- 42-inch (1,067-mm) gas pipeline had suffered from corrosion over a length of 100 ft (30.5 m)
- 113º F (45º C) ambient environment
- Pipe on supports 26.2 ft (8 m) above ground level
- An explosion caused a 343 mm by 114 mm (13.5 by 4.5 inch) hole in a 711-mm (28-inch) carbon steel pipeline transporting crude oil
- 26 layers of carbon fiber were applied over 3 m (9.8 ft)
- 12 technicians completed the repair in less than 30 hours
- No hot work was required
- No negative environmental impact
- No need to completely shut down the refinery
When internal corrosion caused a leak in a 42-inch (1,067-mm) flare line carrying aggressive gases at a refinery in the Middle East, the owner began looking for a composite solution that would be suitable for a demanding ambient environment of 45º C (113º F). Corrosion had damaged 100 ft (30.5 m) of line, and a fast resolution was needed to restore integrity.
Having worked with CSNRI in the past, the owner turned to the company again, requesting a high-temperature carbon fiber epoxy-based solution. The intent was to use the composite to restore the damaged pipeline to its original integrity and to extend its functional working life.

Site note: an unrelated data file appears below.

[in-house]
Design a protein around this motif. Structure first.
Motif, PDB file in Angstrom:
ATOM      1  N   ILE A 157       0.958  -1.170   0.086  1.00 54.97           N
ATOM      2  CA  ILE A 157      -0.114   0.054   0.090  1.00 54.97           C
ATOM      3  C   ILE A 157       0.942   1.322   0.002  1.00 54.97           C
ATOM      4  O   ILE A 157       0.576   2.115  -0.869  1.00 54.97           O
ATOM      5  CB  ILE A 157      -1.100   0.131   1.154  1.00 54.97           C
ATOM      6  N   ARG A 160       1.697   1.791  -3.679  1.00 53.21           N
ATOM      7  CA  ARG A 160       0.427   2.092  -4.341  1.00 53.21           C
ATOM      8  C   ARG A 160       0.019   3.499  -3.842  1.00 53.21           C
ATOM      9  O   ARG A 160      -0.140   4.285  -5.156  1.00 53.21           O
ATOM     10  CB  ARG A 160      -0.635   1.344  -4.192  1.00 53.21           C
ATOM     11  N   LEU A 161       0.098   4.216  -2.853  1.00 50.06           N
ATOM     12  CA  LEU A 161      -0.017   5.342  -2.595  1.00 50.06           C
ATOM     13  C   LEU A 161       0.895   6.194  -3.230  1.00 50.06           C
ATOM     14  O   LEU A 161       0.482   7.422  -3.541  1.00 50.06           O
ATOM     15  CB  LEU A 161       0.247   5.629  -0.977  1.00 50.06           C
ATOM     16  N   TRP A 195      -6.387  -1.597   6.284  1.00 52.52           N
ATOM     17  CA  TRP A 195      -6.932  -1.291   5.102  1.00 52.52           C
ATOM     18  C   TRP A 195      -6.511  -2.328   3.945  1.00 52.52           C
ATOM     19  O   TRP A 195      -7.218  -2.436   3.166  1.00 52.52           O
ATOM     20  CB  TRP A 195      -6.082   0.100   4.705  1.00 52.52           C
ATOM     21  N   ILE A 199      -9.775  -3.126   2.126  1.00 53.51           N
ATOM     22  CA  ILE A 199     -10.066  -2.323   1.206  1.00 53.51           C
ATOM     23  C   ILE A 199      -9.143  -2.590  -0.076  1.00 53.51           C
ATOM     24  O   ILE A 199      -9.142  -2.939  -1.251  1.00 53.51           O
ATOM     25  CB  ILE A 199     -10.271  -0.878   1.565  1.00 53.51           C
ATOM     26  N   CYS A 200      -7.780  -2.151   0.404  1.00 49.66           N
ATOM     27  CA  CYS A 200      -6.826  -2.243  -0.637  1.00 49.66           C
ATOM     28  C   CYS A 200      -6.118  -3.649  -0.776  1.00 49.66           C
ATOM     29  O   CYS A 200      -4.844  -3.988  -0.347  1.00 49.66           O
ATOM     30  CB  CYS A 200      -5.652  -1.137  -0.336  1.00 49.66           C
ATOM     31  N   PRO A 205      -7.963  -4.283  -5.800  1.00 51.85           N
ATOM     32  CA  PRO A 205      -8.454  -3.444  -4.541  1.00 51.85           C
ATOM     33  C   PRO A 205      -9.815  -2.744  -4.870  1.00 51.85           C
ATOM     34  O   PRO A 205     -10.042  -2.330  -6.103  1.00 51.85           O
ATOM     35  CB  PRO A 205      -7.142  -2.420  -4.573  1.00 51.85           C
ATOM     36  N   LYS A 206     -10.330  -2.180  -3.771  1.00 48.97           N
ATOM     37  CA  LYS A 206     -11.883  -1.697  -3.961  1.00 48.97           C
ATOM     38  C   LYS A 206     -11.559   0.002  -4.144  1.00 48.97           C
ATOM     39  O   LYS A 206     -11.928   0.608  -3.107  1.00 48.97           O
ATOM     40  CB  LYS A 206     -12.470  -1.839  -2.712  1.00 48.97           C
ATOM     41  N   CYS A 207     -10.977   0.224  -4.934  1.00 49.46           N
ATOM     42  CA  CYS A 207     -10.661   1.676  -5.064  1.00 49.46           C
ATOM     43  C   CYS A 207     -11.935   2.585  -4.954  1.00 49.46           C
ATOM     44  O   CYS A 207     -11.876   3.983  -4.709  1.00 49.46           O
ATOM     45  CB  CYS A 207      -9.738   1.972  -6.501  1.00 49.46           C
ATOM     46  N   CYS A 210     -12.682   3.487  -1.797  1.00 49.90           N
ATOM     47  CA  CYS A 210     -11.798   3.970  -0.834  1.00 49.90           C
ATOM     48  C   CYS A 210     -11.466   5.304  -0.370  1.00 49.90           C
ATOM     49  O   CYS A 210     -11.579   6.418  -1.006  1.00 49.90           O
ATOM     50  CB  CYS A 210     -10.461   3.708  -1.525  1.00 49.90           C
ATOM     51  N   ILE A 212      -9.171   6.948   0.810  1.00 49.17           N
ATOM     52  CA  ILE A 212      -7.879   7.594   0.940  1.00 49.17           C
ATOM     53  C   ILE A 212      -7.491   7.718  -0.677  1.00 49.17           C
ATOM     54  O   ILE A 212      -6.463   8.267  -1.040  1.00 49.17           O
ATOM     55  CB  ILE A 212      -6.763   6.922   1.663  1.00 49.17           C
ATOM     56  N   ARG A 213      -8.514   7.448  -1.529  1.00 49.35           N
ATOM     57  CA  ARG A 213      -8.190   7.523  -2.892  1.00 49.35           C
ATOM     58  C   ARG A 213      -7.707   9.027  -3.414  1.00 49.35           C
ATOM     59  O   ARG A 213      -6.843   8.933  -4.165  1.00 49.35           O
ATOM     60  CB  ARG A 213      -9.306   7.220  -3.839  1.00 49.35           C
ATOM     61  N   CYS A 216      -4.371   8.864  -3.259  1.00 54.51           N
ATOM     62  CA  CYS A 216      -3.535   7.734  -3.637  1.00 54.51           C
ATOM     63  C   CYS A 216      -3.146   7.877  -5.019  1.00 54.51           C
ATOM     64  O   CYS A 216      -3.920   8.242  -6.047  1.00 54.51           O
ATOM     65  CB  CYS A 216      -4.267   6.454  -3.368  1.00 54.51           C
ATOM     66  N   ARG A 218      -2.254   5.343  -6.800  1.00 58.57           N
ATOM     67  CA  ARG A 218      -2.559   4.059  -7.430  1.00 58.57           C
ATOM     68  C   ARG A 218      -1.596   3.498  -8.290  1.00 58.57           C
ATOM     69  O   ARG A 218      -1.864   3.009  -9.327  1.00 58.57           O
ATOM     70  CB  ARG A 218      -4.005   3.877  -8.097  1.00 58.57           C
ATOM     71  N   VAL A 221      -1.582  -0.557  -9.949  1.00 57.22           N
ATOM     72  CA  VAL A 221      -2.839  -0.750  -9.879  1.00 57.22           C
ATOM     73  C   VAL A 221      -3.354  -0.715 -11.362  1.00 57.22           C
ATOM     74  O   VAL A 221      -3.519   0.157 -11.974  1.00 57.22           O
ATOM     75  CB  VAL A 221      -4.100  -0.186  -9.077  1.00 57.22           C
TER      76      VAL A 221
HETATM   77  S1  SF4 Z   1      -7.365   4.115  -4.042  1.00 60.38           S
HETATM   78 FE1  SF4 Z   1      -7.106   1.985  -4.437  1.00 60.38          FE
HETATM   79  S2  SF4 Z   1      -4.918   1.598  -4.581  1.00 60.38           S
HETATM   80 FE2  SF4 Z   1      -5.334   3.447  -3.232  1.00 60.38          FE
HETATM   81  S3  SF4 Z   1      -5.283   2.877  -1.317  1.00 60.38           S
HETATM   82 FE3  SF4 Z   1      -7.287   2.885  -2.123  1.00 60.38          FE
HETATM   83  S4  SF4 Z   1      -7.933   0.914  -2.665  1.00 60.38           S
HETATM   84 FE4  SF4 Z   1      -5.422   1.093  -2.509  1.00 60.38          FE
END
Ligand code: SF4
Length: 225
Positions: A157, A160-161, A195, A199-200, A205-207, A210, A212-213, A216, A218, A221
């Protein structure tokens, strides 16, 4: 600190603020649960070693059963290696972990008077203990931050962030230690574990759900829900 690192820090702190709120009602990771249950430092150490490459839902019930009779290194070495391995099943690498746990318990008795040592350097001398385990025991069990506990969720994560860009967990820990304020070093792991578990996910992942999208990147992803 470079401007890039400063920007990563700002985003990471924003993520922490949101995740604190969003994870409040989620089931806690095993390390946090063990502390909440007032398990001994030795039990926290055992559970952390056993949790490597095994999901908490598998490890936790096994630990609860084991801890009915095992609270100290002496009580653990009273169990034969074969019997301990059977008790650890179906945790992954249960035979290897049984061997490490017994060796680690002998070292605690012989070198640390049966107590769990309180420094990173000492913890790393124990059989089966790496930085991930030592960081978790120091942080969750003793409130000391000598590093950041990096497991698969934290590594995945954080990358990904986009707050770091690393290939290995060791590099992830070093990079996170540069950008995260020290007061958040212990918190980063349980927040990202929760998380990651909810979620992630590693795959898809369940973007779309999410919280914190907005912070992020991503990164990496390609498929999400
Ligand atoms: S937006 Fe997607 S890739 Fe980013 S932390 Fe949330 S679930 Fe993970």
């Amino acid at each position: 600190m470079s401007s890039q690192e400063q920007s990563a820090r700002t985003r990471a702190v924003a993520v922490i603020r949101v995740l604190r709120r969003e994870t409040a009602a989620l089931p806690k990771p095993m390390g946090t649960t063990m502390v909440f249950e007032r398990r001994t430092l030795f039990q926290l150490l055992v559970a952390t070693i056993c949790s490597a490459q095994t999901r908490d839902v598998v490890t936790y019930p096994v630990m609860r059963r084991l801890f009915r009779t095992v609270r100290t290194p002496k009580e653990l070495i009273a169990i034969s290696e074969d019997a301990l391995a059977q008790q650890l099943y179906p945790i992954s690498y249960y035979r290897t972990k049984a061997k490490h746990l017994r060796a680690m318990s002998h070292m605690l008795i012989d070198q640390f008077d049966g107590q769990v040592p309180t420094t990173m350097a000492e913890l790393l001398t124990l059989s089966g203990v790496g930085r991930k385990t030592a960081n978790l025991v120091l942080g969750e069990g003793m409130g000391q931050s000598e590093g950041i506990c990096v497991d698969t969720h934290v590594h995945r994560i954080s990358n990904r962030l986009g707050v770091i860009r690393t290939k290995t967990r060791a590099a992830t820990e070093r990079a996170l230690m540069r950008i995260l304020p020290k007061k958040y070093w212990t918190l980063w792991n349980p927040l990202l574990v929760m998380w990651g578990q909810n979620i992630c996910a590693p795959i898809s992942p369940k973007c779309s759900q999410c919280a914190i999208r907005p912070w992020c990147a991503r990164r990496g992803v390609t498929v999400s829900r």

Engineers evaluated the damage and developed a repair using DiamondWrap® with HTA epoxy. The system uses a bidirectional weave of carbon fiber and a 100% solids epoxy that form a composite system that is stronger than steel.
The structural system forms a pipe around a pipe, with each successive wrap increasing the pressure rating. The bidirectional weave allows for strength in both the hoop and axial directions, minimizing creep and ensuring that there is no reduction in strength over time. The high corrosion resistance of this composite system made it the perfect solution for this repair.
Deploying a CNRI supervisor and a team of 24 trained and certified technicians provided by local distributor MCSC WLL, the project got under way.
A scaffold was erected to allow the team access to the damaged pipe, which was on supports 8 meters (26.2 ft) above the ground. Working from the scaffold, the team prepared the line and began wrapping the damaged area, covering the entire surface with two layers of carbon fiber affixed with HTA epoxy over a 51-day period. Despite being installed in a very hot environment where temperatures exceeded 45º C (113º F), the composite system cured perfectly, restoring the line to safe operations, meeting the project schedule without introducing hot work or other additional hazards to the work site and with no negative environmental consequences.
The facility remained in operation throughout the repair, allowing this solution to be carried out at approximately 20% of the cost of shutting down the line.